"He didn't even get out of his vehicle," Lowther said. "He backed out and called dispatch."
When an animal control officer arrived, she attempted to catch the dog with a catch pole. The pit bull continued to act aggressively, Lowther said, so the officer used pepper spray on the dog. It still did not subdue the dog, so the officer called for another officer. Because the responding officer sounded distressed, Lowther said a sheriff's deputy accompanied the second animal control officer.
The second officer arrived, and they resumed trying to capture the dog, but it continued barking, snarling and lunging at the animal control officers.
"It was hackling its hair up and acting aggressive," Lowther said. "The dog was not cornered. The dog at any time could have ran. It was standing its ground and being aggressive."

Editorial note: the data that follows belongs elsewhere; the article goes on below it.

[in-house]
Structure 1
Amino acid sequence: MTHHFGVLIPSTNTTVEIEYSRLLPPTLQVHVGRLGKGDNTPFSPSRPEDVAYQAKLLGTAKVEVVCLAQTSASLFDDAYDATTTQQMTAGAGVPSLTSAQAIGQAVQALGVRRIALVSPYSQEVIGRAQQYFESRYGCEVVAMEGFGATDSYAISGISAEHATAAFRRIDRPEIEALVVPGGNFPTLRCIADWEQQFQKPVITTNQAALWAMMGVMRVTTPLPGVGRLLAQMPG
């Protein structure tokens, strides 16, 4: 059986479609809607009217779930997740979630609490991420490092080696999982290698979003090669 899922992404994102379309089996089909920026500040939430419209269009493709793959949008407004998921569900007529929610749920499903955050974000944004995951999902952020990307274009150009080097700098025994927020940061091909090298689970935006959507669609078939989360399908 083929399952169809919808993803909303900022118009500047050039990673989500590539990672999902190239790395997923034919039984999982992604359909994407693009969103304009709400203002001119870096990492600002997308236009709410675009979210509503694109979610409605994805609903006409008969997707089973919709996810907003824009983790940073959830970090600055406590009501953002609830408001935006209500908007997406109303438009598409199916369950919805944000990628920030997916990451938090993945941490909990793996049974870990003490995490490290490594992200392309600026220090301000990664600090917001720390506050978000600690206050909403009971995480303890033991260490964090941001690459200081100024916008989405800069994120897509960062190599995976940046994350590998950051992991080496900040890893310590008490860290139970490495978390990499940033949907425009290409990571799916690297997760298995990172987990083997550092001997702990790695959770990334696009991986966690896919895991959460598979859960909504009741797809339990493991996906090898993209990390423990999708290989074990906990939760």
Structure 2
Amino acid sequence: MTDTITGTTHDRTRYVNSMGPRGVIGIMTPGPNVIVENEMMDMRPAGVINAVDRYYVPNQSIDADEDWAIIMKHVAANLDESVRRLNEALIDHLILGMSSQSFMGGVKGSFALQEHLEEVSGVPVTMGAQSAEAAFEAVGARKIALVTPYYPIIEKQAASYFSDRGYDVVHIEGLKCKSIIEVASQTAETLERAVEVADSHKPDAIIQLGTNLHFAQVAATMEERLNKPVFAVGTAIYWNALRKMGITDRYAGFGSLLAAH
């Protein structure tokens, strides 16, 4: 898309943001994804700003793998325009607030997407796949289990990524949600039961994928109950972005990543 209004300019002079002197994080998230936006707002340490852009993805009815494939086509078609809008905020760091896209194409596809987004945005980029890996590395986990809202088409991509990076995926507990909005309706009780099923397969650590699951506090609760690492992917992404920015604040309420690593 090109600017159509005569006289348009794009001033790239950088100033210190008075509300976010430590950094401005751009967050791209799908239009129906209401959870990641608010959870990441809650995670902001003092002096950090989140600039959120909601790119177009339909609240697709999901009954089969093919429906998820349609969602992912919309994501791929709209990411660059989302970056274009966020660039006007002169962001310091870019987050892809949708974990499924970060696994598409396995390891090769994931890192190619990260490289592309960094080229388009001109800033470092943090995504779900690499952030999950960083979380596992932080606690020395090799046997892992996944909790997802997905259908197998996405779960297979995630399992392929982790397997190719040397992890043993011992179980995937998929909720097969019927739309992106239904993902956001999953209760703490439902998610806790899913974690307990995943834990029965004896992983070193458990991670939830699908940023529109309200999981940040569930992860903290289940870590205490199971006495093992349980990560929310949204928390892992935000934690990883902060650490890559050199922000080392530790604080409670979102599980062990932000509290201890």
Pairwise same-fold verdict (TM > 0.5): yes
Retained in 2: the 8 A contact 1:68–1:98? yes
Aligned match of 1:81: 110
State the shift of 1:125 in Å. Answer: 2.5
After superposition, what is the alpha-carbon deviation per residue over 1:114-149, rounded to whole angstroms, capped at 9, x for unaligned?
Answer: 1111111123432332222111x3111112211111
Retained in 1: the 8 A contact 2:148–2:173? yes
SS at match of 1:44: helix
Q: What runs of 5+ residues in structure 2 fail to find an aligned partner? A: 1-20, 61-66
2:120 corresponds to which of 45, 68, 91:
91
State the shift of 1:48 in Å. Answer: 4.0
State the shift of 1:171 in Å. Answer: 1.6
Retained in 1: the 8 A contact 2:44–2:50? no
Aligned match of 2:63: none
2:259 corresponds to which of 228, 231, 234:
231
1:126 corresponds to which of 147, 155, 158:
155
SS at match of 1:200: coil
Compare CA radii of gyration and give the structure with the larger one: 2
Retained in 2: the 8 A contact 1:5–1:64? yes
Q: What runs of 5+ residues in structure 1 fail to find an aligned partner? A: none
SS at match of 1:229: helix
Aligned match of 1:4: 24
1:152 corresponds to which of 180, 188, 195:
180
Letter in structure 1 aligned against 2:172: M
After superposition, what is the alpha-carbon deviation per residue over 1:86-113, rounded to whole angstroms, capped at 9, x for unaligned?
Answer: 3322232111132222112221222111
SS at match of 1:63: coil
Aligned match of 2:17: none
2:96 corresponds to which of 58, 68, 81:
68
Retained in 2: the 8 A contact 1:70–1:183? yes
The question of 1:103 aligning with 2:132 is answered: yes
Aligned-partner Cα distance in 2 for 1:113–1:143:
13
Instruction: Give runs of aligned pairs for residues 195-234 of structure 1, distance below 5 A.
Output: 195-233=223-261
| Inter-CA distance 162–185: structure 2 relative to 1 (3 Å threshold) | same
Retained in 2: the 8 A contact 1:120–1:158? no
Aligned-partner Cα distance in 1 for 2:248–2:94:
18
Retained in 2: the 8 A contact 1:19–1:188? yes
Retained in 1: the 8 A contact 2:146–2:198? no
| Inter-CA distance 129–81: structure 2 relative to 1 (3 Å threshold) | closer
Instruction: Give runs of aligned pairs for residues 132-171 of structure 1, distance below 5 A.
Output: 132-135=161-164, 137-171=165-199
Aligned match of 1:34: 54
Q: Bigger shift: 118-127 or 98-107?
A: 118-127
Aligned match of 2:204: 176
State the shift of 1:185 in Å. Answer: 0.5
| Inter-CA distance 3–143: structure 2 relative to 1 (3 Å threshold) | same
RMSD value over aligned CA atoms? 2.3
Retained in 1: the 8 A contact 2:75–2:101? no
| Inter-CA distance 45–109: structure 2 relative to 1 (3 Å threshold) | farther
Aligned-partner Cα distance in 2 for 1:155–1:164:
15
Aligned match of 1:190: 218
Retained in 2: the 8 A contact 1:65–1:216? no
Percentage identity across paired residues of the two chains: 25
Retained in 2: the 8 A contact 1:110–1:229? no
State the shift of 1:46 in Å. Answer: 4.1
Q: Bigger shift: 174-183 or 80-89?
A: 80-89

After several minutes, the deputy decided that the dog was posing a threat to the animal control officers and the public, and shot the dog.Lowther said they found out after the shooting that the same dog had approached five landscapers in the area earlier in the day, and was also acting aggressively toward them. They chased the dog off with a shovel, he said.
A use of force review will be completed following the incident in order to determine if the deputy's actions were justified.
Lowther called the situation "rare," and said that the animal control officers had years of experience, and encounter aggressive dogs frequently.
"It's obviously not something we like to do," Lowther said. "The deputy felt the situation was getting out of control and someone would be bit or seriously injured."Efforts by The Tribune to contact the dog's owner were unsuccessful.